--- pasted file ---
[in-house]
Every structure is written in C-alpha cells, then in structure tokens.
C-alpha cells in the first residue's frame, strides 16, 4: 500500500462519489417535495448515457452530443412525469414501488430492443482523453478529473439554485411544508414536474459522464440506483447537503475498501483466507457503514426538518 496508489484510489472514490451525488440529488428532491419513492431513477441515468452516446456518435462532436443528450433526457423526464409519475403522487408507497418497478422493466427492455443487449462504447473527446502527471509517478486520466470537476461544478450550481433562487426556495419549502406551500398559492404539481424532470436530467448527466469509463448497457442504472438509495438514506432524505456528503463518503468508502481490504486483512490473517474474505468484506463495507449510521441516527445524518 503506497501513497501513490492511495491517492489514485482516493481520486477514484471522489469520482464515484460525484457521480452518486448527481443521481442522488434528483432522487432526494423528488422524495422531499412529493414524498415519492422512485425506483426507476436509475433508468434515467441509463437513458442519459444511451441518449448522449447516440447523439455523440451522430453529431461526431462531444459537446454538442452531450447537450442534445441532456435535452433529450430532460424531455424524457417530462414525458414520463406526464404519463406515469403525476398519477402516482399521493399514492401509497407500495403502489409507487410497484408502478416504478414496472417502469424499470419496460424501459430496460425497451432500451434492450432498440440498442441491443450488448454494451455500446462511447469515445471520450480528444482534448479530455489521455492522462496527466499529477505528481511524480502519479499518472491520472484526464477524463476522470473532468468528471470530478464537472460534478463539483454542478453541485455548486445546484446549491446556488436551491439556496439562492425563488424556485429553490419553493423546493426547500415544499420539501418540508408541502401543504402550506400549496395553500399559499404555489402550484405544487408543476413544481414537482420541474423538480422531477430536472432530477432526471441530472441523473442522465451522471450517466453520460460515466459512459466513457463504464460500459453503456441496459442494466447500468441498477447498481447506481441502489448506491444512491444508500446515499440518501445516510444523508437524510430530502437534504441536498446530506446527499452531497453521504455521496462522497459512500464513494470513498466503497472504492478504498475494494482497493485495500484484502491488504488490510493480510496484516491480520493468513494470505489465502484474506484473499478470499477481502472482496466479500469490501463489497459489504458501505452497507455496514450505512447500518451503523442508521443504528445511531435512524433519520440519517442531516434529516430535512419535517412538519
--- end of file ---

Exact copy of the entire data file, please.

[in-house]
Every structure is written in C-alpha cells, then in structure tokens.
C-alpha cells in the first residue's frame, strides 16, 4: 500500500462519489417535495448515457452530443412525469414501488430492443482523453478529473439554485411544508414536474459522464440506483447537503475498501483466507457503514426538518 496508489484510489472514490451525488440529488428532491419513492431513477441515468452516446456518435462532436443528450433526457423526464409519475403522487408507497418497478422493466427492455443487449462504447473527446502527471509517478486520466470537476461544478450550481433562487426556495419549502406551500398559492404539481424532470436530467448527466469509463448497457442504472438509495438514506432524505456528503463518503468508502481490504486483512490473517474474505468484506463495507449510521441516527445524518 503506497501513497501513490492511495491517492489514485482516493481520486477514484471522489469520482464515484460525484457521480452518486448527481443521481442522488434528483432522487432526494423528488422524495422531499412529493414524498415519492422512485425506483426507476436509475433508468434515467441509463437513458442519459444511451441518449448522449447516440447523439455523440451522430453529431461526431462531444459537446454538442452531450447537450442534445441532456435535452433529450430532460424531455424524457417530462414525458414520463406526464404519463406515469403525476398519477402516482399521493399514492401509497407500495403502489409507487410497484408502478416504478414496472417502469424499470419496460424501459430496460425497451432500451434492450432498440440498442441491443450488448454494451455500446462511447469515445471520450480528444482534448479530455489521455492522462496527466499529477505528481511524480502519479499518472491520472484526464477524463476522470473532468468528471470530478464537472460534478463539483454542478453541485455548486445546484446549491446556488436551491439556496439562492425563488424556485429553490419553493423546493426547500415544499420539501418540508408541502401543504402550506400549496395553500399559499404555489402550484405544487408543476413544481414537482420541474423538480422531477430536472432530477432526471441530472441523473442522465451522471450517466453520460460515466459512459466513457463504464460500459453503456441496459442494466447500468441498477447498481447506481441502489448506491444512491444508500446515499440518501445516510444523508437524510430530502437534504441536498446530506446527499452531497453521504455521496462522497459512500464513494470513498466503497472504492478504498475494494482497493485495500484484502491488504488490510493480510496484516491480520493468513494470505489465502484474506484473499478470499477481502472482496466479500469490501463489497459489504458501505452497507455496514450505512447500518451503523442508521443504528445511531435512524433519520440519517442531516434529516430535512419535517412538519